This advisory announces vulnerabilities in the following Jenkins deliverables:
Jenkins 2.213 and earlier, LTS 2.204.1 and earlier includes support for the Inbound TCP Agent Protocol/3 for communication between controller and agents. While this protocol has been deprecated in 2018 and was recently removed from Jenkins in 2.214, it could still easily be enabled in Jenkins LTS 2.204.1, 2.213, and older.
This protocol incorrectly reuses encryption parameters which allow an unauthenticated remote attacker to determine the connection secret. This secret can then be used to connect attacker-controlled Jenkins agents to the Jenkins controller.
Jenkins 2.204.2 no longer allows for the use of Inbound TCP Agent Protocol/3 by default.
The system property
jenkins.slaves.JnlpSlaveAgentProtocol3.ALLOW_UNSAFE can be set to
true to allow enabling the Inbound TCP Agent Protocol/3 in Jenkins 2.204.2, but doing so is strongly discouraged.
Inbound TCP Agent Protocol/3 was removed completely from Jenkins 2.214 and will not be part of Jenkins LTS after the end of the 2.204.x line.
Jenkins 2.218 and earlier, LTS 2.204.1 and earlier supports two network discovery services (UDP multicast/broadcast and DNS multicast) by default.
The UDP multicast/broadcast service can be used in an amplification reflection attack, as very few bytes sent to the respective endpoint result in much larger responses: A single byte request to this service would respond with more than 100 bytes of Jenkins metadata which could be used in a DDoS attack on a Jenkins controller. Within the same network, spoofed UDP packets could also be sent to make two Jenkins controllers go into an infinite loop of replies to one another, thus causing a denial of service.
Jenkins 2.219, LTS 2.204.2 now disables both UDP multicast/broadcast and DNS multicast by default.
Administrators that need these features can re-enable them again by setting the system property
false (for DNS multicast) or the system property
33848, or another port (for UDP broadcast/multicast).
These are the same system properties that controlled whether these features were enabled in the past, so any instances explicitly enabling these features by setting these system properties will continue to have them enabled.
Jenkins 2.218 and earlier, LTS 2.204.1 and earlier does not use a constant-time comparison validating the connection secret when an inbound TCP agent connection is initiated. This could potentially allow attackers to use statistical methods to obtain the connection secret.
Jenkins 2.219, LTS 2.204.2 now uses a constant-time comparison function for verifying connection secrets.
Jenkins 2.218 and earlier, LTS 2.204.1 and earlier does not use a constant-time comparison when checking whether two HMACs are equal. This could potentially allow attackers to use statistical methods to obtain a valid HMAC for an attacker-controlled input value.
Jenkins 2.219, LTS 2.204.2 now uses a constant-time comparison when validating HMACs.
Jenkins shows various technical details about the current user on the
In a previous fix, the
Cookie header value containing the HTTP session ID was redacted.
However, user metadata shown on this page could also include the HTTP session ID in Jenkins 2.218 and earlier, LTS 2.204.1 and earlier.
This allows attackers able to exploit a cross-site scripting vulnerability to obtain the HTTP session ID value from this page.
Jenkins 2.219, LTS 2.204.2 no longer prints out the affected user metadata that might contain the HTTP session ID.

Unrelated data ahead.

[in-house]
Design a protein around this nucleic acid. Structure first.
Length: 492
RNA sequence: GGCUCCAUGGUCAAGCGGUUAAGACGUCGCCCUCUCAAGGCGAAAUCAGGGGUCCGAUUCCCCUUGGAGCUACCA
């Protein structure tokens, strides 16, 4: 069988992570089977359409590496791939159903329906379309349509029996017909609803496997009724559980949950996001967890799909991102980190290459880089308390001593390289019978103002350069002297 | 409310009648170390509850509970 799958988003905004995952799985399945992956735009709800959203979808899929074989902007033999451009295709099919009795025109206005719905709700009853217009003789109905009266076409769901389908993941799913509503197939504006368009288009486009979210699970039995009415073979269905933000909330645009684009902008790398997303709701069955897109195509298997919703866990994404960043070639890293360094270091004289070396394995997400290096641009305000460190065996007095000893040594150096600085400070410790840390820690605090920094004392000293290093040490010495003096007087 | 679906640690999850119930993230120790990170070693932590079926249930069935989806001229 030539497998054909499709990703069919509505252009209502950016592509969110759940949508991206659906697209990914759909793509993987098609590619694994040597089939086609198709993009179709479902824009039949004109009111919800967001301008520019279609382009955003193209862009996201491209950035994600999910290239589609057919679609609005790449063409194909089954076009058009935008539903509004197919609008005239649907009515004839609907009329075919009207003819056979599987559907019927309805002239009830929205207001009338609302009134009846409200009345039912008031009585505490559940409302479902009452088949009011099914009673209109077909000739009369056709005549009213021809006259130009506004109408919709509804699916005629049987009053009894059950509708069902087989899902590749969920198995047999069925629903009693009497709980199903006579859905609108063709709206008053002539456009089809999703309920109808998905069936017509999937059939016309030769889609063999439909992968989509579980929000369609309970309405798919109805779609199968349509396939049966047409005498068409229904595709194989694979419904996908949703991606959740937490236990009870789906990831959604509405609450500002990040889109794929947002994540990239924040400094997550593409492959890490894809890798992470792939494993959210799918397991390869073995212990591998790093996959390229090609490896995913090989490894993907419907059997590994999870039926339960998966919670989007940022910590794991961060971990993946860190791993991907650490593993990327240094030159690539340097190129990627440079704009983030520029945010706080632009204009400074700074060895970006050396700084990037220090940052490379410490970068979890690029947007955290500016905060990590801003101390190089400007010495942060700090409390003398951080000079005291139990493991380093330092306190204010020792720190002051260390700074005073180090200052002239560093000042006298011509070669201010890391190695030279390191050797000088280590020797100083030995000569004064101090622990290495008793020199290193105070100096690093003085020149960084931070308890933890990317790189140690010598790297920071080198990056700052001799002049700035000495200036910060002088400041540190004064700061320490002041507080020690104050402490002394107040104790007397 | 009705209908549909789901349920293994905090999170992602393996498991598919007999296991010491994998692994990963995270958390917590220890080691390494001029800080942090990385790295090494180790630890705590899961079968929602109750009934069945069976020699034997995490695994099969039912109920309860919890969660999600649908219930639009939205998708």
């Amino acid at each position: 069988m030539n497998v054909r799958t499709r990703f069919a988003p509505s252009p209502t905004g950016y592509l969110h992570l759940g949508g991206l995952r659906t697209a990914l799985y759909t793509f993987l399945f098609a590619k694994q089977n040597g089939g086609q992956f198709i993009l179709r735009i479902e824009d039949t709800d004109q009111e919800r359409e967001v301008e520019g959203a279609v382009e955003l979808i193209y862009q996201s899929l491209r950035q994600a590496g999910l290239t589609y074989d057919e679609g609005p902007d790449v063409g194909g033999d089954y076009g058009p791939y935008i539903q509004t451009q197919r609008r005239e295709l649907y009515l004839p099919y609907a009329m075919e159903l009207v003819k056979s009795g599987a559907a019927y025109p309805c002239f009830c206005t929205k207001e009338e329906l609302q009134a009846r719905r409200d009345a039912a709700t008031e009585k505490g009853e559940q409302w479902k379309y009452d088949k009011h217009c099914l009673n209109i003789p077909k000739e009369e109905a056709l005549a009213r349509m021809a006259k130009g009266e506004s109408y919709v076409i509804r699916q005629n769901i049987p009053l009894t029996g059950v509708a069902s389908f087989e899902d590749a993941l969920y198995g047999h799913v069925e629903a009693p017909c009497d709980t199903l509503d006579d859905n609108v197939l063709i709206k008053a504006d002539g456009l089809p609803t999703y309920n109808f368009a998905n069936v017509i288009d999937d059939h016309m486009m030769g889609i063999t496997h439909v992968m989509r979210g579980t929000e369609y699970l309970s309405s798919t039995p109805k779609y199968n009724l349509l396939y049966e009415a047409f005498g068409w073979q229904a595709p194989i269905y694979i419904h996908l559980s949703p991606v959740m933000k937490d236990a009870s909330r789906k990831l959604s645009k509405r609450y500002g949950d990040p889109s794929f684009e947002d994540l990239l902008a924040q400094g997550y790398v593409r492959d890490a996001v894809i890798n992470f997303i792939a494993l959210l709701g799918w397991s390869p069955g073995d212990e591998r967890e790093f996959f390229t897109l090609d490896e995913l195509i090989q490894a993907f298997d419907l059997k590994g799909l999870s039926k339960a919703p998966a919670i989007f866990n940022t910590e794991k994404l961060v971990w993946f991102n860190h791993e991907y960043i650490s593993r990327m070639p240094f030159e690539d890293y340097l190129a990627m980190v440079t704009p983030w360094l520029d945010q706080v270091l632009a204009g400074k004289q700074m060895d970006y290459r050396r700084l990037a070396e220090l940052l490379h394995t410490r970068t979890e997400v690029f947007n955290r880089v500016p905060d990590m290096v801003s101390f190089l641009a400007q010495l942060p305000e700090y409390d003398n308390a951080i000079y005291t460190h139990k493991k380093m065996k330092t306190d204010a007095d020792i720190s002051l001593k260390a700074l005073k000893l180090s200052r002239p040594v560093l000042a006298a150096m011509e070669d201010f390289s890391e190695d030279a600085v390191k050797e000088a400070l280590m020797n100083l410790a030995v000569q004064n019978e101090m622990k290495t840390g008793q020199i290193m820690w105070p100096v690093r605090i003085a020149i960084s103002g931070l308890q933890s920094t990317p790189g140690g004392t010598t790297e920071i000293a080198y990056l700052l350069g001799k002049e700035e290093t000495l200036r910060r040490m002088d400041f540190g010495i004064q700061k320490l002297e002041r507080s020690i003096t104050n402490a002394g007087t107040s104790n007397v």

Additionally, we also redact values of further authentication-related HTTP headers in addition to
Cookie on this page as a hardening.
Jenkins includes a feature that shows a JVM memory usage chart for the Jenkins controller.
Access to the chart in Jenkins 2.218 and earlier, LTS 2.204.1 and earlier requires no permissions beyond the general Overall/Read, allowing users who are not administrators to view JVM memory usage data.
Jenkins 2.219, LTS 2.204.2 now requires Overall/Administer permissions to view the JVM memory usage chart.
Jenkins 2.218 and earlier, LTS 2.204.1 and earlier does not serve the
X-Frame-Options: deny HTTP header on REST API responses to protect against clickjacking attacks.
An attacker could exploit this by routing the victim through a specially crafted web page that embeds a REST API endpoint in an iframe and tricking the user into performing an action which would allow for the attacker to learn the content of that REST API endpoint.
Jenkins 2.219, LTS 2.204.2 now adds the
X-Frame-Options: deny HTTP header to REST API responses, which prevents these types of clickjacking attacks.
Code Coverage API Plugin 1.1.2 and earlier does not escape the filename of the coverage report used in its view.
This results in a stored cross-site scripting vulnerability that can be exploited by users able to change the job configuration.
Code Coverage API Plugin 1.1.3 escapes the filename of the coverage report used in its view.
Fortify Plugin 19.1.29 and earlier stored its proxy server password unencrypted in job
This password could be read by users with the Extended Read permission.
Fortify Plugin 19.2.30 now encrypts the proxy server password.
WebSphere Deployer Plugin 1.6.1 and earlier does not configure the XML parser to prevent XML external entity (XXE) attacks.
This could be exploited by a user with Job/Configure permissions to upload a specially crafted war file containing a
WEB-INF/ibm-web-ext.xml which is parsed by the plugin.
As of publication of this advisory, there is no fix.
These versions include fixes to the vulnerabilities described above. All prior versions are considered to be affected by these vulnerabilities unless otherwise indicated.
As of publication of this advisory, no fixes are available for the following plugins:
Learn why we announce these issues.
The Jenkins project would like to thank the reporters for discovering and reporting these vulnerabilities: